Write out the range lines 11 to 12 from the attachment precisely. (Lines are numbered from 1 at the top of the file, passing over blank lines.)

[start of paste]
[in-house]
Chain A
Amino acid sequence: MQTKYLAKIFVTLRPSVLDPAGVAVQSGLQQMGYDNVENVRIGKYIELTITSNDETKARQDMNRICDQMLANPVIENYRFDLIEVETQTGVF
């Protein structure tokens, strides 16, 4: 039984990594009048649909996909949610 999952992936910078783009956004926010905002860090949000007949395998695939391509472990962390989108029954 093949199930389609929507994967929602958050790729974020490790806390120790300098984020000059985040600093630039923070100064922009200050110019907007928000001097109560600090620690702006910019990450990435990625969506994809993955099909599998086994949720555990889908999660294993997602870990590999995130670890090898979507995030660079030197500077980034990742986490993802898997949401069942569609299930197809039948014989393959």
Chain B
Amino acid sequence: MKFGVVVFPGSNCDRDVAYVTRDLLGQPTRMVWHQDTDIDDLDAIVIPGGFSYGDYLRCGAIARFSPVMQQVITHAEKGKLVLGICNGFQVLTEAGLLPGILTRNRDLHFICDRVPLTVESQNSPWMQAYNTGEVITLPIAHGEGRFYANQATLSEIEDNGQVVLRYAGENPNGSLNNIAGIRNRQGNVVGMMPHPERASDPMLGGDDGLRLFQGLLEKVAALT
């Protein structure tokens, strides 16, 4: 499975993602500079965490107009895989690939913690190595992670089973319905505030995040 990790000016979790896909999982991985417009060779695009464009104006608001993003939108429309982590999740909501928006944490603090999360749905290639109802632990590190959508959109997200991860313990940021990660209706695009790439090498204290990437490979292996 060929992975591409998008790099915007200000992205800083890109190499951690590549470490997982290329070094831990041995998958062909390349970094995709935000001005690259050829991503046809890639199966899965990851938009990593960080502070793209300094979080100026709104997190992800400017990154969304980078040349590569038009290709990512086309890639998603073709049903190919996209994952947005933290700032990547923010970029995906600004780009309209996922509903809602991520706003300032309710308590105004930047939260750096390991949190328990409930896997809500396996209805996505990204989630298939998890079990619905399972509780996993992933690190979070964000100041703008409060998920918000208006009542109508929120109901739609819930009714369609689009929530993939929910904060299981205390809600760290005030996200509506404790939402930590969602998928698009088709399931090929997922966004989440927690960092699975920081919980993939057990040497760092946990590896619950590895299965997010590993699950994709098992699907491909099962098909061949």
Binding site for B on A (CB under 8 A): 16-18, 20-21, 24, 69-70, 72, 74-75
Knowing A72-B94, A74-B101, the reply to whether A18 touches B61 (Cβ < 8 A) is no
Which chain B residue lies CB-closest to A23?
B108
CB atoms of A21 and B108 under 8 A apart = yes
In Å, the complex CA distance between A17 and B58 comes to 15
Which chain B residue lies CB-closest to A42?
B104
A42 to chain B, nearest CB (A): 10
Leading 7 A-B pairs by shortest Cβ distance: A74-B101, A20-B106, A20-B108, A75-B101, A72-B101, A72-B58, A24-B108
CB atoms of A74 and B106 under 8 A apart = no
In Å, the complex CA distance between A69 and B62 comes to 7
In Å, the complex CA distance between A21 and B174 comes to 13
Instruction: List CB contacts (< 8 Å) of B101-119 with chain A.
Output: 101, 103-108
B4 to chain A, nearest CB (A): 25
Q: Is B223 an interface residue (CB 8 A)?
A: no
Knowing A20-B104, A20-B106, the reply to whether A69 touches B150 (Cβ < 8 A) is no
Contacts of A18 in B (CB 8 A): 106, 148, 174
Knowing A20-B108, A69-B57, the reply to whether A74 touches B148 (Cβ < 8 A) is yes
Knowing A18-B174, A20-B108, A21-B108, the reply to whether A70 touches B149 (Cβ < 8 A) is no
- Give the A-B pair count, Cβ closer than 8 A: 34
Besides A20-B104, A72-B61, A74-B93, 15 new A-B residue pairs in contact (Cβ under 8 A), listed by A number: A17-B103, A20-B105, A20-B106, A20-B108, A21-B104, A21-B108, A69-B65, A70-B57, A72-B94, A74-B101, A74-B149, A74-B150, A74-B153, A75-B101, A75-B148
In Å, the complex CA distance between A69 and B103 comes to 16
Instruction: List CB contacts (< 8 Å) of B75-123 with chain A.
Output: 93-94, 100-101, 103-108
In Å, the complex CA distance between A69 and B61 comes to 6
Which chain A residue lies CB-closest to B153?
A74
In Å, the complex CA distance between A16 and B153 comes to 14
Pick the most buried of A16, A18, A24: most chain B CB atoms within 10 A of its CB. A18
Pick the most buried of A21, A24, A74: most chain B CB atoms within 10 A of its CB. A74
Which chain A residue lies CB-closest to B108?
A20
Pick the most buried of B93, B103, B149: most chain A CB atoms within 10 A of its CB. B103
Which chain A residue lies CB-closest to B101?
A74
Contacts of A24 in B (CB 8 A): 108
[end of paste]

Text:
B108
CB atoms of A21 and B108 under 8 A apart = yes